Jay’s godlessness also emerges during a moment he & Gal interrupt a group of boisterous Christians in a restaurant for singing ‘Onward, Christian Soldiers’. “God loves you” he is patronisingly told, and he replies: “Does he? Well, tell God from me if you’re the kind of people he hangs about with, stay out of my way.” Jay rejects traditional Christianity across the film. He pushes away the family unit around him, even with Shel aware of the dark world that funds their life and could erase their debt. He witnesses extreme snuff in a horrifying moment built on Maskell’s disturbed response and exacts vengeance upon the men who filmed and distributed it. “They are bad people. They should suffer.” He rejects faith but he does seek to impart moral judgement on the deviants he is sent out to kill.

Kill List

Wheatley wanted with Kill List to build on the ideas inherent in Down Terrace and make something that more explicitly leaned toward genre:

There’d been a treatment kicking about called “Get Djakarta”, which we were going to shoot in the Philippines. It was borrowing the plot of “Get Carter” and turning it into an HP Lovecraft idea with cults and everything. That was the germ of it. But the actual script was written afterwards. “Down Terrace” was a crime film seen through the filter of movie realism, improv and documentary, and we wanted to take those ideas, take everything we’d learned, and make a horror film.

The horror in Kill List is underplayed while always being in the minds’ eye. Though it isn’t until the climax when Wheatley completely throws the shackles off, fusing together the occult imagery of The Wicker Man with elements of the monster/zombie picture, the sense that Jay’s world hovers on the edge of something unnatural is inherent throughout what is otherwise a fairly prosaic if nihilistic crime story, riven with that undercurrent of a decaying social contract. It could have simply been Jay descending into a pit of despair as shadowy paymasters (seemingly as high up as government) assign him to kill very human monsters (snuff merchants, paedophile priests etc…) but Wheatley is unafraid to tip the film on the axis of folk horror.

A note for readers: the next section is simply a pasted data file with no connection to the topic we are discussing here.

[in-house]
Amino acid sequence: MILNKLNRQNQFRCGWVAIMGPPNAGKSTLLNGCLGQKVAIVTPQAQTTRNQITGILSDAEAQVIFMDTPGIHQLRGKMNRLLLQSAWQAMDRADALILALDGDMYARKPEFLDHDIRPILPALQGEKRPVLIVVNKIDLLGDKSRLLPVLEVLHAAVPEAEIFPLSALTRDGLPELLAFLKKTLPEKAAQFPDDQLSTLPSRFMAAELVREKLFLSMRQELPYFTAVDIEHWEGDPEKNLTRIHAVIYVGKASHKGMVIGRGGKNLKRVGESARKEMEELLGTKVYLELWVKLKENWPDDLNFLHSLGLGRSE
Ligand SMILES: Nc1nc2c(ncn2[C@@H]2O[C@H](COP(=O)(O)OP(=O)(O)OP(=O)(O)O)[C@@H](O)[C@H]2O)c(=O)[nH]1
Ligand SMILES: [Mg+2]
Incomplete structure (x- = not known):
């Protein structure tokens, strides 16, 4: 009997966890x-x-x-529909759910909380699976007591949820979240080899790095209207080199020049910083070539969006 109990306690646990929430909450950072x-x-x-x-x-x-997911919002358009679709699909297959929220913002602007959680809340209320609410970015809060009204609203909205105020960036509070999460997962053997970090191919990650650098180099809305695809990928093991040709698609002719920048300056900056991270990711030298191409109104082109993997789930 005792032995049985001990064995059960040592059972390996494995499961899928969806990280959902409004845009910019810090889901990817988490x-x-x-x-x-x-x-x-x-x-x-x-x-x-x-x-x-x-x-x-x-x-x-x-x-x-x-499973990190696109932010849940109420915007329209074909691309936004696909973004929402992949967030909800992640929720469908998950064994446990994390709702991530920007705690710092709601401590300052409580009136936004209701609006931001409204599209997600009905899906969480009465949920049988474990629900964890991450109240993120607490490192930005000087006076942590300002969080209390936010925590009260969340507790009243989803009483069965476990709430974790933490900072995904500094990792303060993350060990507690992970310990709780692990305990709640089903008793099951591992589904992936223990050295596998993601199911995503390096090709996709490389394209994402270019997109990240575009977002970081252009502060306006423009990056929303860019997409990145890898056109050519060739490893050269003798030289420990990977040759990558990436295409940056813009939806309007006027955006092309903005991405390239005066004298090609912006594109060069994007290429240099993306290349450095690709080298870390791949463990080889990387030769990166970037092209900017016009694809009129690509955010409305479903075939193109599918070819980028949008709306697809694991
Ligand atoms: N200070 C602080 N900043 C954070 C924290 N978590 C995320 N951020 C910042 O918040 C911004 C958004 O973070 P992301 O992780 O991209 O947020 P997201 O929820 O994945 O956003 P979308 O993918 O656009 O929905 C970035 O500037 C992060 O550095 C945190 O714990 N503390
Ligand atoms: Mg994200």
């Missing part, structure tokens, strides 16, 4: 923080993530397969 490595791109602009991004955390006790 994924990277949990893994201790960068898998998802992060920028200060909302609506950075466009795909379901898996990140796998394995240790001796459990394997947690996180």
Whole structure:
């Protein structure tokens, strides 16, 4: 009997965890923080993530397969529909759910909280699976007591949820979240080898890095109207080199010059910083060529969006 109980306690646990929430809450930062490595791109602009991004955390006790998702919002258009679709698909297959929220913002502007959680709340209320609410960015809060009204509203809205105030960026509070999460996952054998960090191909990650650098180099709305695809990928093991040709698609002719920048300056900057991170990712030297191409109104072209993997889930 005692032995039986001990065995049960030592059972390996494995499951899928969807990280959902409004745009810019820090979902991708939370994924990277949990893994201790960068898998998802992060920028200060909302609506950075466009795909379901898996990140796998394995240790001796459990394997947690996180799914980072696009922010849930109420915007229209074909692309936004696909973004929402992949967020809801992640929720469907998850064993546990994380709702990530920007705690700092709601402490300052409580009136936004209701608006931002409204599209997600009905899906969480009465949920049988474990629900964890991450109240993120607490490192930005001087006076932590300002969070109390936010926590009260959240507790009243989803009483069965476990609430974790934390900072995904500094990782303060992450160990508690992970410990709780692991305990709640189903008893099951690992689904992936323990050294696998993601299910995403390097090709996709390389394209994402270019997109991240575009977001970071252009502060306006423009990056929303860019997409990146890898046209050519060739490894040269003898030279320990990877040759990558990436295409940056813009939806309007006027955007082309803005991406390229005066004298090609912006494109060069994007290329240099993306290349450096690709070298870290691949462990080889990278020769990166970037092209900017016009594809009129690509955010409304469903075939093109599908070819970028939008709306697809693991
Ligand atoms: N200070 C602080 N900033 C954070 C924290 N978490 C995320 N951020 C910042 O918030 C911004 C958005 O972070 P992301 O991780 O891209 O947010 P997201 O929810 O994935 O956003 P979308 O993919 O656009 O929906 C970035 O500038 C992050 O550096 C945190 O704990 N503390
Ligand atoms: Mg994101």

He discusses this in relation to the symbol that opens the film and is key to the lurking, unexplained cult horror within:

The funny thing is, when I first drew the logo out, I thought, ‘Yeah, that’s brilliant!’ And then I thought, ‘God, it really looks like something …’ And when we finished the movie I realised: it’s like the Blair Witch logo! So I thought we were were going to get slaughtered by people saying, ‘Oh they’ve just ripped off Blair Witch.’ Now everyone’s saying it’s like the Deathly Hallows logo, which is a triangle with a circle and a line down the middle. But I’ve no idea about that! I’m too old to be reading about wizards, y’know?

Intriguingly, Wheatley thinks of his fourth film, A Field in England, as not just the culmination of an unofficial and unexpected ‘mystic Albion’ trilogy, with Kill List and Sightseers (although arguably In the Earth makes it a quadrilogy), but that the events of his 17th century set picture serve as an unofficial precursor to the occult elements in Kill List. I’ll get into that when discussing A Field in England soon but it suggests, albeit a touch retrospectively, that Wheatley thinks bigger and more broadly about how his pictures find ways to interconnect.

If the horror aspects are fresh in Kill List, the film shares similar DNA with Down Terrace, and indeed Sightseers, in depicting a male protagonist with entitled expectations, frustrated at his role as a man in a conventional existence, while exerting a level of psychological control over the woman by his side.

Robin Hill’s Karl in Down Terrace is suffocated by his domineering old lag father and quietly influential, seemingly downtrodden mother when he just wants to escape the world that has boxed him in. Chris in Sightseers shows murderous indignation at those he feels breaks the social contract wilfully without thought (Jay and the Christians also leans toward this). And Jay here is heavily intimated to be physically and psychologically impotent, likely in part due to long-term PTSD. It all ripples beneath the picture as part of the psychological trauma that informs the mystery Jay seems specifically connected to, something life seems to have been drawing him toward.

Wheatley’s ending is bleak. To me it recalled Frank Darabont’s The Mist in giving the audience absolutely no quarter, or even the savage, tragic revelation of Oldboy. He places Jay in the single most horrific outcome and leaves you with no answers, a mountain of questions, and a creeping sense that everything was pre-determined. Along the way, he draws us into a dark world, shot as realistically as he can make it, which allows us to imagine everything in Kill List could truly exist. If that isn’t the purest of effective horror, I’m not sure what is.

The key point: Kill List has stayed with me since the very first time I watched it. Images, scenes and moments linger. As strong as much of Ben Wheatley’s filmography to come is, I can’t say that about all of those films. Even despite high points to come, Kill List remains a zenith.